A history of gay rugby worldwide
Adopted from an article first appearing in San Francisco Pride Magazine in 2002. Special thanks to the Washington Renegades for their extensive contributions to this story.
When a dozen gay men’s rugby teams converged in San Francisco June 28-29, 2002 to compete in the inaugural Mark Bingham Cup Rugby Tournament, it was the first time many spectators had ever seen a rugby match. What many in attendance saw confirmed every suspicion they had about rugby. It looked exhausting. The game was played non-stop for 80 minutes with only a five-minute break at half-time. It looked brutal, in the extreme. It looked violent, like an elegant, organised riot played by men with seemingly questionable wills to live.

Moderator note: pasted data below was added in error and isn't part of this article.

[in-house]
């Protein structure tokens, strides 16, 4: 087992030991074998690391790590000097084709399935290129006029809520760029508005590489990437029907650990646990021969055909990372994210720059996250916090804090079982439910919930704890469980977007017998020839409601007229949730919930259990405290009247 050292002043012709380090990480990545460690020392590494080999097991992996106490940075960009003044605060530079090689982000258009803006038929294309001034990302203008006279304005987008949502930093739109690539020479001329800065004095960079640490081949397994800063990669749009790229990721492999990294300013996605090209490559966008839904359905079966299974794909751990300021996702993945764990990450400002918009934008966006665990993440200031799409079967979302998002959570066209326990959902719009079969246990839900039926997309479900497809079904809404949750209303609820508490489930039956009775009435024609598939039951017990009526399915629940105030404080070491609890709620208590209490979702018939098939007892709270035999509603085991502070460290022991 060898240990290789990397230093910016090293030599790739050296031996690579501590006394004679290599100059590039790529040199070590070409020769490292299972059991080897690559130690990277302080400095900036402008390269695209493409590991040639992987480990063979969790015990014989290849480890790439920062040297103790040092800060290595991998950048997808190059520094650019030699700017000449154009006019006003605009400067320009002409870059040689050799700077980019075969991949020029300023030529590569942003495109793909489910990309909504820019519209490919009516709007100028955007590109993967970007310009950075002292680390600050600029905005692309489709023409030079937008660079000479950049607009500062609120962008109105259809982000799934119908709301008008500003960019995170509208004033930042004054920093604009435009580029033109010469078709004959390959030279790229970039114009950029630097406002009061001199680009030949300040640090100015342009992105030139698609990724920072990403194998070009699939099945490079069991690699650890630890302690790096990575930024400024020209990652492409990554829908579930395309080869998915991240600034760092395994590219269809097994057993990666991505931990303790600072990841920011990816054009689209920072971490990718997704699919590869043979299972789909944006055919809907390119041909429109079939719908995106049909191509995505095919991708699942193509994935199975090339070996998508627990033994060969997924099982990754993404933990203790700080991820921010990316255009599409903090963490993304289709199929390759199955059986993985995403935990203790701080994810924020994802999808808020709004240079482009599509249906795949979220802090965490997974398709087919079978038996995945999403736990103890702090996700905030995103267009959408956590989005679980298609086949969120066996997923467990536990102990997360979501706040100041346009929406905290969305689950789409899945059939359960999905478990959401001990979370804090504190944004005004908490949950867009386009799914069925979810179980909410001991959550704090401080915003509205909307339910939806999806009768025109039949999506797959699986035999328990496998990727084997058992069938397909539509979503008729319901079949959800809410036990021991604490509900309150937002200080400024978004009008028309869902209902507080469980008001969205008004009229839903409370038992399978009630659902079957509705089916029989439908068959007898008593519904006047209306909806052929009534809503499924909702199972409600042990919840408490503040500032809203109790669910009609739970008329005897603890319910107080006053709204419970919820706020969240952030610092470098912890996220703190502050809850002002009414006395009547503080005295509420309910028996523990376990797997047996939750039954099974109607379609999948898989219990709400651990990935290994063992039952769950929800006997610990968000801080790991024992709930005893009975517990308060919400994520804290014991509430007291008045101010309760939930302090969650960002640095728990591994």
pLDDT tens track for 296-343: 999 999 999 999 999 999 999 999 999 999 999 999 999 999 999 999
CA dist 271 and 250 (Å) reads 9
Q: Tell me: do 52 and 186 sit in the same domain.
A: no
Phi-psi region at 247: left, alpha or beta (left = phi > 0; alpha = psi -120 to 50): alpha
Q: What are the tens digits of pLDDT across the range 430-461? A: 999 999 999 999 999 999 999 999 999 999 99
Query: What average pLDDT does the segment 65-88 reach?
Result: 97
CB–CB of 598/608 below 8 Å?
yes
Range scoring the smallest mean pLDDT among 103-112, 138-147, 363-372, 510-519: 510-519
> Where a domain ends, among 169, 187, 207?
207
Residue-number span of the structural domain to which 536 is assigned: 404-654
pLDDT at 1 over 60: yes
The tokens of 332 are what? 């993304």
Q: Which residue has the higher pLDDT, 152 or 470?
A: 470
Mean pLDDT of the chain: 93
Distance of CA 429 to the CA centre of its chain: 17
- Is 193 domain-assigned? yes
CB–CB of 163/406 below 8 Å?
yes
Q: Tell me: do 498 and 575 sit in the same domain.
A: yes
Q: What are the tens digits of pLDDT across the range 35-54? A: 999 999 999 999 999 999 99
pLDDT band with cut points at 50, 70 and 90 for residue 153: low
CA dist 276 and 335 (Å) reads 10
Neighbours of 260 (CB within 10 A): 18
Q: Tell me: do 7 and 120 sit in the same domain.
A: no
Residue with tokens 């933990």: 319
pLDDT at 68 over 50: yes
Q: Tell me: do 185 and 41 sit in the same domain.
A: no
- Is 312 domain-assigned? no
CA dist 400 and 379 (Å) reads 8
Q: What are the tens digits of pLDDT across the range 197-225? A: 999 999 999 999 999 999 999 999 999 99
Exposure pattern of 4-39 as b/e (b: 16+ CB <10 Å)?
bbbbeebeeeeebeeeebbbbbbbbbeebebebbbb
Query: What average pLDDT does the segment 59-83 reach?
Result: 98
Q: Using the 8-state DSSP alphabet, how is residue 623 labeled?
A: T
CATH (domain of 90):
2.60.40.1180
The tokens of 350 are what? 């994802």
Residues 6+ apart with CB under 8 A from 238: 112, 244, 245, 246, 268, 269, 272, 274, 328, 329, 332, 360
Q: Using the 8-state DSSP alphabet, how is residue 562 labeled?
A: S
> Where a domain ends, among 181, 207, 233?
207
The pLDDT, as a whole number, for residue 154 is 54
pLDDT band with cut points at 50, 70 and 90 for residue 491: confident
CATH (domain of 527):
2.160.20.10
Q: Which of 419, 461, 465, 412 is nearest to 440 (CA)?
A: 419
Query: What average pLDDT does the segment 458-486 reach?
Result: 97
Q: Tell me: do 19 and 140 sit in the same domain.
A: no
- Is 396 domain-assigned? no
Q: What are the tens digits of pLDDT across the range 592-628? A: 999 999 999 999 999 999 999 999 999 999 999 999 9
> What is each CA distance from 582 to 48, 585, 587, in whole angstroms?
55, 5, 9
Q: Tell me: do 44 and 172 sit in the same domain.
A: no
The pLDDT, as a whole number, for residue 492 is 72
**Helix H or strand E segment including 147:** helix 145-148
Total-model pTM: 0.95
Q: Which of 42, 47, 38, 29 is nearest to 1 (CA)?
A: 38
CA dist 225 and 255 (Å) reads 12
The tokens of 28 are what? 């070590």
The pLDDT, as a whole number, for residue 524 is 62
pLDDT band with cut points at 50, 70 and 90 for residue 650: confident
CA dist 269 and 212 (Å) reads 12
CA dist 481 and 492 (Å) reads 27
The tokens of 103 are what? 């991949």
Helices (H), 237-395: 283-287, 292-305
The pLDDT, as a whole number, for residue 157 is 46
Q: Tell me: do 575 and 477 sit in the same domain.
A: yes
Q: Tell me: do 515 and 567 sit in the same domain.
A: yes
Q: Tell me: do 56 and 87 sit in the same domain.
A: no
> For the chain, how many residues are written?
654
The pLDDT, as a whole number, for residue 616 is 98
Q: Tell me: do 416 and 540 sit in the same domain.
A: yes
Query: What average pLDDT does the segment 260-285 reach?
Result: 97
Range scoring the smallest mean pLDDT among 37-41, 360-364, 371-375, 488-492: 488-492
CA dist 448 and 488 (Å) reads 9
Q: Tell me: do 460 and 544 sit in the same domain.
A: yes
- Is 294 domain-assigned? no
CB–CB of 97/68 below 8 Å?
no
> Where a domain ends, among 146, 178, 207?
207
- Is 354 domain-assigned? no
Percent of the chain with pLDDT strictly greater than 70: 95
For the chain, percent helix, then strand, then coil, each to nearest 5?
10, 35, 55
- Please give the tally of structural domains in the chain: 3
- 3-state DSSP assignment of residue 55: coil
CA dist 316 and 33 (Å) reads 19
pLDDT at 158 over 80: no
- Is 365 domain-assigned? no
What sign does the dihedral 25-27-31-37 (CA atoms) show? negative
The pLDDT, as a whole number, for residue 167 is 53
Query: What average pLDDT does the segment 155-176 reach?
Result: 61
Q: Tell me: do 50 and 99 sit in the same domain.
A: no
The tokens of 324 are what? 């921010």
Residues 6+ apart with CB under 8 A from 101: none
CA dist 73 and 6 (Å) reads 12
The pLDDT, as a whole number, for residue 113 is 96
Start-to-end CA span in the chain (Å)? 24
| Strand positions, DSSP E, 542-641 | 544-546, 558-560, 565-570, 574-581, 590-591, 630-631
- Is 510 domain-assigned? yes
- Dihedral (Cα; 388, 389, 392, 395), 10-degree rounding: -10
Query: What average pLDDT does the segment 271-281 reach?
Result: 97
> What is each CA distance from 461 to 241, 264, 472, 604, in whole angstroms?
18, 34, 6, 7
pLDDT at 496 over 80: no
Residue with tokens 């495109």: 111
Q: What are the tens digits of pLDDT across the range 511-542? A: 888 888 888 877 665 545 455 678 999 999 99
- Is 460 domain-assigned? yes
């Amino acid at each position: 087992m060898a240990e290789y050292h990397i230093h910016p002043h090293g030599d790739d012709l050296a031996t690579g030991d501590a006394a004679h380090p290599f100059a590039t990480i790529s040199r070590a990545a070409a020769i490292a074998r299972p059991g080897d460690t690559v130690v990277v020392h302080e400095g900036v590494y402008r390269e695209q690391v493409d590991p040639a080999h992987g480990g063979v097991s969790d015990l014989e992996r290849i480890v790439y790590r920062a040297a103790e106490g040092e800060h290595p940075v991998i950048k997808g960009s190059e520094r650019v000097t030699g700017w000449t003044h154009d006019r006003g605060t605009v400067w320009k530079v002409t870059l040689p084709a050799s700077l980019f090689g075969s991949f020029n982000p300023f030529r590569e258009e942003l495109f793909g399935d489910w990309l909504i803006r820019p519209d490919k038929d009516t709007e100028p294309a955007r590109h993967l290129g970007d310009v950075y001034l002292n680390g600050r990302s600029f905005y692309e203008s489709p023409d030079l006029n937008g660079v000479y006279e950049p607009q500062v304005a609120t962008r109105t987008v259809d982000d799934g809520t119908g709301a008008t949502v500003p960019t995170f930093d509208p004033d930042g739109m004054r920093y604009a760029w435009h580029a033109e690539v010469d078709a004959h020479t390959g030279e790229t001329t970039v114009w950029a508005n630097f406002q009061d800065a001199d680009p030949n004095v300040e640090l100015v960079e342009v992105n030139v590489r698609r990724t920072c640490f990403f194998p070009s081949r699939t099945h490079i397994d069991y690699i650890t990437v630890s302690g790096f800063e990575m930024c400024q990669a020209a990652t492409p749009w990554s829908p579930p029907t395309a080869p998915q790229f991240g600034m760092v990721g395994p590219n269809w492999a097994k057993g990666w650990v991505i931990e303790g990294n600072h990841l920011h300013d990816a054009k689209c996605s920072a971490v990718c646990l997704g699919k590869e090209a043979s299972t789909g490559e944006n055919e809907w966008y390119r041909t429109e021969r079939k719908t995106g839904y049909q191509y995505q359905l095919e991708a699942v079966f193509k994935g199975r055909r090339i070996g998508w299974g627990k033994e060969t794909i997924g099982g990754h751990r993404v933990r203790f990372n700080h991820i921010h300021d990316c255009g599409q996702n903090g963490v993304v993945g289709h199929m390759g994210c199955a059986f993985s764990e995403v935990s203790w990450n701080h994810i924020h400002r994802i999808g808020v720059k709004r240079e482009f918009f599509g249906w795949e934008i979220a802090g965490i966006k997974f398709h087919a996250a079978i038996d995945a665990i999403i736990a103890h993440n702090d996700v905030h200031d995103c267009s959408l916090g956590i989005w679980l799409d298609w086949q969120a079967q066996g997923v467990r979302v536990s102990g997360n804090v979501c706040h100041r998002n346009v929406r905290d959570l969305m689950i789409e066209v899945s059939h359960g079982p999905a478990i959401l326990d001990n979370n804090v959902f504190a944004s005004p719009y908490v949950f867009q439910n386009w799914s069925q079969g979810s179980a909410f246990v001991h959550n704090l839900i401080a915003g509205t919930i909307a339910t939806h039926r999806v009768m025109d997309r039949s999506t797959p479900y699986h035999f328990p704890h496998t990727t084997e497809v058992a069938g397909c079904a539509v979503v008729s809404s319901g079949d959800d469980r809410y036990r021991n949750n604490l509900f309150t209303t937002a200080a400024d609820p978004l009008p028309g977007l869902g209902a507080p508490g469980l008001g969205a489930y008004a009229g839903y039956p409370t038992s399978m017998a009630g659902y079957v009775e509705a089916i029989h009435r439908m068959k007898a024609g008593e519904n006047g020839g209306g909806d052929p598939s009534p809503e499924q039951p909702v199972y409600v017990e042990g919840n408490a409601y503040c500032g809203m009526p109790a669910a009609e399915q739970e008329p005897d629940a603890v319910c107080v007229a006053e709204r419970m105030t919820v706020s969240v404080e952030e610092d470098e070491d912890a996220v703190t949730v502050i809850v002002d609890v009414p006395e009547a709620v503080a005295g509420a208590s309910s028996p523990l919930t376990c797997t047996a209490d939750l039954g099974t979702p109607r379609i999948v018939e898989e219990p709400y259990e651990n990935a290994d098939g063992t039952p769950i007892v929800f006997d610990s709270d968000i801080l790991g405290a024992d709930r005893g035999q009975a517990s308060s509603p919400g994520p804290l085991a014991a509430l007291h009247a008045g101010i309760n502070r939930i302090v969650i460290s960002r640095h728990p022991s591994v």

But they also saw men from all stripes of life come together as teams, in genuine support of one another. These guys were positively addicted to the game. There was a palpable sense of sportsmanship and brotherhood, made all the more remarkable because the rugby teams were comprised of gay men.
A rugby club of their own
Founded in 1995 as the world’s first gay men’s rugby club, London’s Kings Cross Steelers had become something of a legend by the time the first Bingham Cup was played. The club began at a meeting that took place in Central Station, a gay pub in London’s King’s Cross district, on November 1, 1995. Ironically, they took the name “Steelers” because many of the club’s founder members were big fans of American football, a game originally derived from rugby.
Rugby has long been a haven for lesbian and bisexual women. It is not unusual for a women’s rugby team to consist of 50% lesbian and bisexual women. On the other hand gay and bisexual men, if they knew anything about the game at all, had often perceived rugby as an unwelcoming and unsafe space,. Gay and bisexual male ruggers existed, but they often do not know where to find each other.